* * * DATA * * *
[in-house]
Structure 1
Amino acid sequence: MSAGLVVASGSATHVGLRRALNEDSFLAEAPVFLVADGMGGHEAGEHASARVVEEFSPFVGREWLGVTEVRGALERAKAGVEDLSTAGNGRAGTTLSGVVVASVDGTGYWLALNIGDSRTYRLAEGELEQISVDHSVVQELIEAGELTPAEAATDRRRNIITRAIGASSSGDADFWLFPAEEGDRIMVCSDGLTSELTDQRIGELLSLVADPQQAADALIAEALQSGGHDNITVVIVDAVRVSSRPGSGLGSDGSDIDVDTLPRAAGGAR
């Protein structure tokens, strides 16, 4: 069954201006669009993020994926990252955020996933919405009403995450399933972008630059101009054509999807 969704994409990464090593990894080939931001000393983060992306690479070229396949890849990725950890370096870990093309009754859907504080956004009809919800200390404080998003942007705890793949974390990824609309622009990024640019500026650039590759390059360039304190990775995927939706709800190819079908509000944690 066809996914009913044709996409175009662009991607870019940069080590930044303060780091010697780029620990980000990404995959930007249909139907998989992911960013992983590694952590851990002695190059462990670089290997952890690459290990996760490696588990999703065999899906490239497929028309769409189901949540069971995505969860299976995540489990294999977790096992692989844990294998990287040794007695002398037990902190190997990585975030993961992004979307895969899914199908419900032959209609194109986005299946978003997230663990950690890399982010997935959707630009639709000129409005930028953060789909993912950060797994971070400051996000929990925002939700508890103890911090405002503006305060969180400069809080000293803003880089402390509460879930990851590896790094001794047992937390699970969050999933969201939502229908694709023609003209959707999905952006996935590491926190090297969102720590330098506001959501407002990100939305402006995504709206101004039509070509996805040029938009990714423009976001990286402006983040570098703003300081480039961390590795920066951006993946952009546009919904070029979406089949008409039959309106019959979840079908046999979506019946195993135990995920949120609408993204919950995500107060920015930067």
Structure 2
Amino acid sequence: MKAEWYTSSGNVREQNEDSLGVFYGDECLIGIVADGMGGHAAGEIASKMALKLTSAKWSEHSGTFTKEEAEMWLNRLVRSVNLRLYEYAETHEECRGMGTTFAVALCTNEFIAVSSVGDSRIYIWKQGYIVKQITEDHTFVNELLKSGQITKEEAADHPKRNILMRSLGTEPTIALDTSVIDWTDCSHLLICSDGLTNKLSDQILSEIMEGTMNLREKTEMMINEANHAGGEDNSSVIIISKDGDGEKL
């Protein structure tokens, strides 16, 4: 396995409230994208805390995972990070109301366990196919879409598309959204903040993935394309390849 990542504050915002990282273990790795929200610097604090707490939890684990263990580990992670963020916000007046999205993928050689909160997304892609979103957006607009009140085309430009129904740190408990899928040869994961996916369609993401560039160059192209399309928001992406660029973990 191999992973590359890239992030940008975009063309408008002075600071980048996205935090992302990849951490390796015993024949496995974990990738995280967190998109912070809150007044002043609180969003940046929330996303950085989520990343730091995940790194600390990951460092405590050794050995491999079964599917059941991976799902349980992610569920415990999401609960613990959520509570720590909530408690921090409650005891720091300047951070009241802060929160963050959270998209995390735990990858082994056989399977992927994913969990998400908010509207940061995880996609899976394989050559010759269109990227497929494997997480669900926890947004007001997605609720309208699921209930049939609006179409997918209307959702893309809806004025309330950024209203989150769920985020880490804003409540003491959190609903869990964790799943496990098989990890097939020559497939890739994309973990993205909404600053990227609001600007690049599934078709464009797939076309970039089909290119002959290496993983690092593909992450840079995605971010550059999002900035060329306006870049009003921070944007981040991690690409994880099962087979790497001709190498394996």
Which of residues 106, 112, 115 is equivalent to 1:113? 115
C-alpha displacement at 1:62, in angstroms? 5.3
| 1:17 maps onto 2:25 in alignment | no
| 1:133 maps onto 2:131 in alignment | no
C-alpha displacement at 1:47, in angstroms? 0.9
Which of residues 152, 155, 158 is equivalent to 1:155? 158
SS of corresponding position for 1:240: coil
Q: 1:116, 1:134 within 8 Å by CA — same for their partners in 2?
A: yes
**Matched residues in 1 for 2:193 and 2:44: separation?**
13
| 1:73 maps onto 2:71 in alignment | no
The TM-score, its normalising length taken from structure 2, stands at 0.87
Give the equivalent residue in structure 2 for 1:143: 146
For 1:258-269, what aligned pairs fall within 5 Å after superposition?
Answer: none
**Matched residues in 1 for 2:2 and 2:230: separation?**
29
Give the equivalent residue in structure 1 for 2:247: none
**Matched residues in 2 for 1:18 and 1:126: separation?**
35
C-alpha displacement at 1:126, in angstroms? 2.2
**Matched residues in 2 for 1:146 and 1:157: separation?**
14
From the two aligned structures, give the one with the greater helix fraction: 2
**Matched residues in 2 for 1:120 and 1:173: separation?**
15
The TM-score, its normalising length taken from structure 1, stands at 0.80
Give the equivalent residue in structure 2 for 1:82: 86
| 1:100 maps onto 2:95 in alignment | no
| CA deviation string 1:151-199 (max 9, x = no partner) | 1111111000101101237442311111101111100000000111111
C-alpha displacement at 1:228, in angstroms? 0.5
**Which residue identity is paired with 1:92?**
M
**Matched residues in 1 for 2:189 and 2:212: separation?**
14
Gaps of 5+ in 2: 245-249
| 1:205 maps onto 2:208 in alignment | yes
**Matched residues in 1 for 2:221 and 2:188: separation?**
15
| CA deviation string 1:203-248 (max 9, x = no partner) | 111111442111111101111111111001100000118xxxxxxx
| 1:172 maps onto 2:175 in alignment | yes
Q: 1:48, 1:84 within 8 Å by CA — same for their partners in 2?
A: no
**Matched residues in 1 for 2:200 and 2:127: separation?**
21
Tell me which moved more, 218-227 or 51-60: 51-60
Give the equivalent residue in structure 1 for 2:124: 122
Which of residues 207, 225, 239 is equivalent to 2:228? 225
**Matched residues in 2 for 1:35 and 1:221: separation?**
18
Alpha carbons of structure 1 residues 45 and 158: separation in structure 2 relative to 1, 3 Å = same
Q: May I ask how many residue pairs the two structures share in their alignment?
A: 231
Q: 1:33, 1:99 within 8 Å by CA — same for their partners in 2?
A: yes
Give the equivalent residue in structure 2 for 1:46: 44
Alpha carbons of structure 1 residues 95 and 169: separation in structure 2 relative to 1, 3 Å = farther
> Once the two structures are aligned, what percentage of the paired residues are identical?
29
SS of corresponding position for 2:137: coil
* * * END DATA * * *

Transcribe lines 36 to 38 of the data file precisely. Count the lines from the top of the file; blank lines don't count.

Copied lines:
Give the equivalent residue in structure 2 for 1:82: 86
| 1:100 maps onto 2:95 in alignment | no
| CA deviation string 1:151-199 (max 9, x = no partner) | 1111111000101101237442311111101111100000000111111